Astrology is having a moment. Whether it’s wearing one’s sun sign on a sweatshirt or sharing memes related to astrological attributes, people are invested in what their birth time, place, and date dictate. For so long, mainstream astrologers have delivered heteronormative versions of horoscopes, with women’s magazines offering readers hints on when they might Mr. Right or daily newspapers delivering vague one-sentence sentiments that echo the most unimaginative of fortune cookies.
Enter Chani Nicholas.
Nicholas has become the go-to guide for queer, trans, feminist, and other marginalized people looking for a more inclusive and radical astrologer to read the stars and signs. Her approach is less providing a foreboding fate and more of an exploration on what opportunities individuals have to embrace certain aspects of themselves and the world they are a part of; a chance to consider themselves as part of a larger solar system.
“I’m somebody who is really interested in the process that we’re in as people,” Nicholas tells INTO. “And so I’m always trying to absorb — or I’m always in a process of absorbing what’s coming at us and then where that’s landing for us, and what it might be speaking to psychologically, spiritually, individually, collectively in terms of our justice movements; in terms of what is a response that is needed from us.”
Nicholas’s reach on social media and her own website (which gives fans an opportunity to engage with Nicholas in workshops, classes, and personal readings) has given her a platform to not only help individuals with their own questions, but provide helpful and healing thoughts and projections to the general public.
Nicholas has been interested in astrology since she was 12, saying it’s “just part of [her] makeup”; that the way she thinks about what’s going in on the world comes through not just her own queer, feminist lens, but through an astrological one.
“There’s something that happens in the sky and then I’m looking to see what’s happening on earth and with ourselves,” she says. “So I’m always looking to see what’s the correlation, what meaning might we make at this moment and given the pain or the difficulty of it, how might we give it context, if that’s what’s called for, or just give our experience of it some compassion and some space and some room to exist.”
Because astrology has long been adopted by others as mostly straight, white, and many times, inaccessible, Nicholas’s highly-specific approach has brought disenfranchised people either back to astrology, or to astrology for the first time.
“I think what astrology understands, and what queers have been fighting for for so long is that there is an individual expression of each of us,” she says. “And gender is a many varied thing, and there are as many expressions of gender as there are stars in the sky, as there are moments in time, and astrology knows that we are all an amulet of a moment of time. We are the constellation of the crystallization of a specific moment in the solar system, in the galaxy, in the cosmos. And so we are imbued with the property that that moment and each of us is incredibly unique because of that.”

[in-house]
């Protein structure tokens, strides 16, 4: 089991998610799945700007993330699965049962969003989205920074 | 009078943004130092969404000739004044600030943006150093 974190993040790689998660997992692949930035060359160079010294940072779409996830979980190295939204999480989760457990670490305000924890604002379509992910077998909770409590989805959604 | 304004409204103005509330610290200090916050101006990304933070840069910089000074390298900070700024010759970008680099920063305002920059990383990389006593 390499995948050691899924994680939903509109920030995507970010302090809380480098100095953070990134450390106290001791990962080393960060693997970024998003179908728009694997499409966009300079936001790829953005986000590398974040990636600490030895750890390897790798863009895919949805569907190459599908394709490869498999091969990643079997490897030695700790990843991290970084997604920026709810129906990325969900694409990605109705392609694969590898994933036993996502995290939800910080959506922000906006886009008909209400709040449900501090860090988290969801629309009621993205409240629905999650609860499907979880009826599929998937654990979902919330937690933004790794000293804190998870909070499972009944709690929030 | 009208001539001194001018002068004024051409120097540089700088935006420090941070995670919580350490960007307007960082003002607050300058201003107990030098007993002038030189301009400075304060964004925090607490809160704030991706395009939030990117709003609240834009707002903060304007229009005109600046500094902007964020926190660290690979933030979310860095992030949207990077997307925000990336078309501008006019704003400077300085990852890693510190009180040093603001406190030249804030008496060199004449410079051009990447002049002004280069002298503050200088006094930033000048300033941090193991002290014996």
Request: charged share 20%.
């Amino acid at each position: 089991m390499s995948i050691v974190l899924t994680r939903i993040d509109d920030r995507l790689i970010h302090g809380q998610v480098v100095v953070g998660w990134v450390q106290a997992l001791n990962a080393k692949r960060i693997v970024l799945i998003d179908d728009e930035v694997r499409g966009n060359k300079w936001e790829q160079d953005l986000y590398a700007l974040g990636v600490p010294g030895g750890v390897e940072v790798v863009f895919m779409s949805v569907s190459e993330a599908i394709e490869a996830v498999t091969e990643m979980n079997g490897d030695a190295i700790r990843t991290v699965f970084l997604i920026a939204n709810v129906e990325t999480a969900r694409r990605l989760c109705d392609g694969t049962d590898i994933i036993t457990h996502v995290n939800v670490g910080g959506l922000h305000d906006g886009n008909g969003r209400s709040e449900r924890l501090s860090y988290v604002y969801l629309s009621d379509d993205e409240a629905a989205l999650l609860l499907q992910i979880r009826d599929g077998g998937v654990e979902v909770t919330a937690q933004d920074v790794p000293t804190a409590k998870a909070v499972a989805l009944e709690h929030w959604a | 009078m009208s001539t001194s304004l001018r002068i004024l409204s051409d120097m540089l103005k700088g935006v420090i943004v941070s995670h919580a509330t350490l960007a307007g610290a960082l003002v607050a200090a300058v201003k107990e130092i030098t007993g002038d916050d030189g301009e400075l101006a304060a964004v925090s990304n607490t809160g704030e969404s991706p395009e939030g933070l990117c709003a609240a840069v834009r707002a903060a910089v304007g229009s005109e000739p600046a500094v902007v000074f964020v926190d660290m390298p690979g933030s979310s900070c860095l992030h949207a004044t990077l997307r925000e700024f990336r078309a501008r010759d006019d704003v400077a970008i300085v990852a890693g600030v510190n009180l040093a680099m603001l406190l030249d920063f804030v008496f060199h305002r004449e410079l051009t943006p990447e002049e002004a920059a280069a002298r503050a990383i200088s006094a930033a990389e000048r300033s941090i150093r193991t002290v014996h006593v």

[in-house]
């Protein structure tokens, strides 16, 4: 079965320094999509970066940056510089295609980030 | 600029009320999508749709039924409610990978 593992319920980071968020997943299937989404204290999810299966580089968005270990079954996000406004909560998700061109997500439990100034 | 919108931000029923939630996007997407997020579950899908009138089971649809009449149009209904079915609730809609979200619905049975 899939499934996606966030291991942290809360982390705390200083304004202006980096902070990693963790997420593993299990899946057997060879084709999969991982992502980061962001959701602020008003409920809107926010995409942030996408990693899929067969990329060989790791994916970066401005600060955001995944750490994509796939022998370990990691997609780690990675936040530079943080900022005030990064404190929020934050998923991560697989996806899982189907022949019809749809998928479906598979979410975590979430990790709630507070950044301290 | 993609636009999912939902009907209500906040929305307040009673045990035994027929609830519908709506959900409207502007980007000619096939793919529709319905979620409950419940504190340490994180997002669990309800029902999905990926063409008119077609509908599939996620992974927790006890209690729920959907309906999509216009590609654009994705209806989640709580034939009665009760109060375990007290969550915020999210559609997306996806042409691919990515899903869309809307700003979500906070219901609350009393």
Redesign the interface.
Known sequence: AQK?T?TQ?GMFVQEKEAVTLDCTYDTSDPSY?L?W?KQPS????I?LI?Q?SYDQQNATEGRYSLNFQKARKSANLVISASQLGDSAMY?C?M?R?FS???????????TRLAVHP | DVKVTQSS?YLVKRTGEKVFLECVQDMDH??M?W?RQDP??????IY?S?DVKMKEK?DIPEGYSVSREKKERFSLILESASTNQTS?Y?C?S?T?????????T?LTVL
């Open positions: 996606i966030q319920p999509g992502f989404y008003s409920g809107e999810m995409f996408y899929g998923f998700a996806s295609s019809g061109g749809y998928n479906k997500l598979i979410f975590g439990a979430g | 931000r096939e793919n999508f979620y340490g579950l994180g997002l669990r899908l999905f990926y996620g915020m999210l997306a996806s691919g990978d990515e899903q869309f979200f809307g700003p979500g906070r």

Because of that, Nicholas says astrology is unequivocally queer.
“As queers, we’ve always been saying…there are so many ways to love and there are so many ways to express one’s gender that we needn’t be hung up on any two ways because the universe is infinite and human beings are literally made up of stardust and we are infinite in our expressions and our creative capacity and each moment has its own specific astrological template and each human also has that, and so there’s just so many ways to be yourself and the universe is infinitely creative and so are we.”
Tonight, Nicholas will be honored alongside Black Lives Matter co-founder Alicia Garza, the late writer/activist Jeanne Cordova, and Malkia Cyril by the Astraea Lesbian Foundation for Justice at their 2018 Fueling the Frontlines Gala. Astraea supports LGBTQ human rights organizations around the world, focusing on racial, economic, social, and gender justice, especially as it pertains to LGBTQ people, and Nicholas’s work is right in line. Outside of uplifting LGBTQs and related issues in her work, she also uses her reach to promote these same organizations, ideals, and work. That work is what makes her feel successful in having cultivated this career path for herself, one that is both very personal and political.
“It feels like a responsibility that I am incredibly grateful that I have, and also I’m always looking toward how I’m using what I’m using and if it’s being the greatest service that it can be,” Nicholas says. “I feel a really deep relationship with my work and I feel a really deep relationship with a lot of the people I work with.”
Nicholas has a book coming out next month and while she doesn’t want to say exactly what it is about, You Were Born For This will likely continue her work to help uncover and develop an individual’s approach to finding one’s self, and finding a way in an evolving (or, some would argue, devolving) world. Nicholas provides hope and cautious optimism through her contextualizations; a challenge to a reader instead of a validation or forecast. She works with those who follow her work, engaging in constant conversation with those who have become faithful followers, whether they simply read her posts or choose to participate further.
“I’m in a really beautiful conversation with thousands of people every year,” she says. “I am the recipient of these extraordinary stories of how people have been using and working with the astrology for self-discovery and healing. I feel like it’s an incredible blessing to be in communication with so many people in so many diverse professions through my one profession. It feels like relationship building in a really resonant way.”
Image via Getty
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